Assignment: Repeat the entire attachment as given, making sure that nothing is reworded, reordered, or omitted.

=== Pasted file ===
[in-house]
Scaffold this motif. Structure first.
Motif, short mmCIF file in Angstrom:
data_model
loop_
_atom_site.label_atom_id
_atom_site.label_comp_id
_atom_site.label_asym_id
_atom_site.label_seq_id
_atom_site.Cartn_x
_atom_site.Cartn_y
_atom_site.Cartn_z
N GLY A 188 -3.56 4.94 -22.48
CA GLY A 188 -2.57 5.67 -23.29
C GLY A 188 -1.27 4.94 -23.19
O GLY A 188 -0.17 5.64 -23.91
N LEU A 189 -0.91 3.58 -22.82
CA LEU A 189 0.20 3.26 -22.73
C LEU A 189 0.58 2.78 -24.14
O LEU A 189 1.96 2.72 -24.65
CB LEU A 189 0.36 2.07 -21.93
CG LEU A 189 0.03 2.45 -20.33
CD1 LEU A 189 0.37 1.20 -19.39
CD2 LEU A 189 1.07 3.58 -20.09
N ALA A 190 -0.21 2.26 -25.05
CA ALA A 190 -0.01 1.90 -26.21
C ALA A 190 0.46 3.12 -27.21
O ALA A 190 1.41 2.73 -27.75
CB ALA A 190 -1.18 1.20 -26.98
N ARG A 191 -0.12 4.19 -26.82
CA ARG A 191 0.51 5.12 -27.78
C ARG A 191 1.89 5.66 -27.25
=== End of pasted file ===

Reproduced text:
[in-house]
Scaffold this motif. Structure first.
Motif, short mmCIF file in Angstrom:
data_model
loop_
_atom_site.label_atom_id
_atom_site.label_comp_id
_atom_site.label_asym_id
_atom_site.label_seq_id
_atom_site.Cartn_x
_atom_site.Cartn_y
_atom_site.Cartn_z
N GLY A 188 -3.56 4.94 -22.48
CA GLY A 188 -2.57 5.67 -23.29
C GLY A 188 -1.27 4.94 -23.19
O GLY A 188 -0.17 5.64 -23.91
N LEU A 189 -0.91 3.58 -22.82
CA LEU A 189 0.20 3.26 -22.73
C LEU A 189 0.58 2.78 -24.14
O LEU A 189 1.96 2.72 -24.65
CB LEU A 189 0.36 2.07 -21.93
CG LEU A 189 0.03 2.45 -20.33
CD1 LEU A 189 0.37 1.20 -19.39
CD2 LEU A 189 1.07 3.58 -20.09
N ALA A 190 -0.21 2.26 -25.05
CA ALA A 190 -0.01 1.90 -26.21
C ALA A 190 0.46 3.12 -27.21
O ALA A 190 1.41 2.73 -27.75
CB ALA A 190 -1.18 1.20 -26.98
N ARG A 191 -0.12 4.19 -26.82
CA ARG A 191 0.51 5.12 -27.78
C ARG A 191 1.89 5.66 -27.25